Cineworld’s pile of debt should save the cinema operator from bankruptcy
Cineworld is set to avoid bankruptcy for the second time in two years, lenders say, although the British film group faces a nearly $1 billion payout that exceeds its market value for pulling out of a deal to buy its Canadian rival Cineplex.
The world’s second-largest cinema operator has appealed the court which awarded damages, but investors in Cineworld debt expect the two companies to reach a deal for a significantly lower amount, even in the event of a ‘failure.
Indeed, if Cineworld were pushed into bankruptcy by damages, Cineplex would be near the bottom of the queue for creditors to pay, several lenders told the Financial Times.
The group’s debt stood at $4.6 billion at the end of June 2021, according to its latest filings.
The legal row between the two companies comes as cinema exhibitors around the world battle to resurrect revenue that was wiped out during the worst of the coronavirus pandemic.
“Strategically, Cineworld is in a pretty good position even if they face this huge judgment,” a lender told the company.
Cineplex’s claim stems from Cineworld’s cancellation in June 2020 of a deal struck six months earlier to buy the Canadian group for $2.3 billion. The two companies later sued for breach of contract, and a Canadian court awarded Cineplex CA$1.23 billion ($950 million) in damages in December 2021, more than the current market value of £530m from the London-listed company.
But because of the way the deal was structured, Cineworld was able to leverage its already high debt load to pressure Cineplex into accepting a lower payment.
Cineworld created a Canadian legal entity to complete the acquisition. As the deal fell apart, the legal entity remained as “an empty box” with no assets, according to the lender, so Cineplex’s claim lies with the entity’s holding company , Cineworld Group PLC.
Partly due to lockdown closures pushing Cineworld to raise emergency funding, and partly due to its existing debt load, the company is already at the mercy of billions of dollars in loans to asset managers including Eaton’s. Vance and Credit Suisse Asset Management.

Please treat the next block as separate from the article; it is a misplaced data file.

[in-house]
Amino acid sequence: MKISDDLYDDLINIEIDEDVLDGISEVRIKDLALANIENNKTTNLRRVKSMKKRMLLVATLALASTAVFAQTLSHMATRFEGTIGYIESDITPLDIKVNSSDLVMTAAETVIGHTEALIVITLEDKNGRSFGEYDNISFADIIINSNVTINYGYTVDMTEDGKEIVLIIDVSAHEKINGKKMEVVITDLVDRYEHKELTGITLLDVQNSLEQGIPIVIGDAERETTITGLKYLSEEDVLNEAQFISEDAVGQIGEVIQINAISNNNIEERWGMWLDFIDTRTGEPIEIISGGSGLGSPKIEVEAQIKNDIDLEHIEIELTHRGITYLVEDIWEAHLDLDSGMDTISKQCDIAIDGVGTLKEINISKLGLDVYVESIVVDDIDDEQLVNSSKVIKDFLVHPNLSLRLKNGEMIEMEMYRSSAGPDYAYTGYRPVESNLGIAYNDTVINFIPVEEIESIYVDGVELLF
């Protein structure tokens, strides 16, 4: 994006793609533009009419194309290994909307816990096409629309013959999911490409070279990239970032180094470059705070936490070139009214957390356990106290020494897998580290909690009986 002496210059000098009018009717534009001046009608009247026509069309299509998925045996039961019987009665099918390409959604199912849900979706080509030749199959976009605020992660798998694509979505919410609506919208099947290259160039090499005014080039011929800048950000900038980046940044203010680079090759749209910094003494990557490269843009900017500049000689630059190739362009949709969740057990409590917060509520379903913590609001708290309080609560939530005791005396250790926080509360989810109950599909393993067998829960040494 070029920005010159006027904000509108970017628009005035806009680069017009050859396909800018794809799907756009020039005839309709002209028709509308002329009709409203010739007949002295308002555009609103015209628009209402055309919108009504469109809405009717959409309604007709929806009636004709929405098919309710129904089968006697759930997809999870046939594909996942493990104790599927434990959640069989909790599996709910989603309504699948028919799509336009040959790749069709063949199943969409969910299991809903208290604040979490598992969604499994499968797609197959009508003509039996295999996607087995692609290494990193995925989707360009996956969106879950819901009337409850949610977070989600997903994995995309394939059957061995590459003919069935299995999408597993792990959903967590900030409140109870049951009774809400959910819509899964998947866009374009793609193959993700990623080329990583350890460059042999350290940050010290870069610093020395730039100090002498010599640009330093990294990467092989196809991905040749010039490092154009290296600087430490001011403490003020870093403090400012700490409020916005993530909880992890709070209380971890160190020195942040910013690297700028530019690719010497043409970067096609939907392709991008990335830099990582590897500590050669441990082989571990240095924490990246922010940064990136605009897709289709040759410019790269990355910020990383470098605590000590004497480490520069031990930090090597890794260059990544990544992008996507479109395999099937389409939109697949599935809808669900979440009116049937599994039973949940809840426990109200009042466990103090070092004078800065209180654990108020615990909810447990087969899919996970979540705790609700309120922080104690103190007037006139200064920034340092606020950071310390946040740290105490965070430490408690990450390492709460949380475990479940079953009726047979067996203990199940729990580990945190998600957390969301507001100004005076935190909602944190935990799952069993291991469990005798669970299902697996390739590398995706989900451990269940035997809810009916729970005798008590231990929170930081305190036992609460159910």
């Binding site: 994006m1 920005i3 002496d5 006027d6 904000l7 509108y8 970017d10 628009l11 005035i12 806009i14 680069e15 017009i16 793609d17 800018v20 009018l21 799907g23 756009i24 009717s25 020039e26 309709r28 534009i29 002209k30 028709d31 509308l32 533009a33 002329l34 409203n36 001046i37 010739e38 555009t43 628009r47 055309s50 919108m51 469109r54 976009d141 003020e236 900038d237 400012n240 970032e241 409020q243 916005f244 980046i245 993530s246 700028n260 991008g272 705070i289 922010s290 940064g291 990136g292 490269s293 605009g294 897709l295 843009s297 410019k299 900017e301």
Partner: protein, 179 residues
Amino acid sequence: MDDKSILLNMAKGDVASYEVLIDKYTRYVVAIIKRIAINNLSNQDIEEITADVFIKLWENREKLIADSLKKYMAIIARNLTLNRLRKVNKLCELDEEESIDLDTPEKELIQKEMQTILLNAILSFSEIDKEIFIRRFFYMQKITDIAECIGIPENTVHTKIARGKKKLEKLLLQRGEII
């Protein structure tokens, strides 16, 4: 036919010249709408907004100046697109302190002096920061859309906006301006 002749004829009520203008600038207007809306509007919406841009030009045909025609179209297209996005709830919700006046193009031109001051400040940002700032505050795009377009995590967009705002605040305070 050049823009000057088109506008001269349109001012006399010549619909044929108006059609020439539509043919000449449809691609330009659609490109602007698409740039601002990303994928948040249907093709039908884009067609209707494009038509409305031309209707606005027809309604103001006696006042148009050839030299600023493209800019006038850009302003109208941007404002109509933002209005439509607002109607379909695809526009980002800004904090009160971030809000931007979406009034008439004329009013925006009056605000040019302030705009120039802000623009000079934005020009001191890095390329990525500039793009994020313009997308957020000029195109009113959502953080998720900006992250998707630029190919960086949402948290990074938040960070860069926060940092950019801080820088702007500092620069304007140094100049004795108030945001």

These loans are secured by the company’s assets, which are generally paid first in the event of bankruptcy. “In the event of bankruptcy [Cineplex’s] the claim will literally get next to nothing,” said one struggling debt investor.
“As a senior creditor ourselves, we are not going to let a junior claim be paid before us,” said another loan holder. “There’s the idea that Cineplex gets the joke too.”
Cineplex declined to comment on its position. Cineworld also declined to comment.
Last week, Cineplex filed a cross-appeal against Cineworld’s challenge to the court’s decision. The Canadian group argued that if the initial damages are overturned, the court would have to consider a list of other claims ranging from C$714 million for liabilities that would have been covered by Cineworld if the deal had gone to C$1.3 billion for Cineplex’s loss of compensation. security holders.
Nonetheless, any further claims would remain subordinate to secured creditors in the event of bankruptcy, giving Cineplex little advantage in forcing Cineworld down this path.
“Any payment cascade in an insolvency or restructuring situation would require addressing the priority of different claims,” said Abigail Klimovich, analyst at S&P Global Ratings. “The definition of collateral is quite specific in terms of a claim for secured debt holders. Any other claims that do not have specific access to collateral would rank below secured debt creditors.
Cineworld, which operates in 10 countries, has reported positive signs for cinemas if it were to survive this latest bankruptcy threat. He said that with the release of Spider Man: No Coming Homewhich became the first film to gross more than $1.5 billion at the box office since the start of the pandemic, revenues had reached 88% of 2019 levels at its 751 theaters by December.
But Cineworld is not off the hook. Klimovich said a further rise in Covid-19 cases affecting people’s willingness to go to the cinema or delaying the release of blockbuster films could further hurt society as it seeks to pay off debt.
In a bid to bolster its cash position, Cineworld said on Tuesday it had entered into negotiations to delay payment of a separate $170 million settlement due to shareholders of Regal, the U.S. movie network it bought in 2017.
“They need to address their acute liquidity issues and their capital structure, and then there’s the litigation issue, but that’s not the main issue right now,” Klimovich said.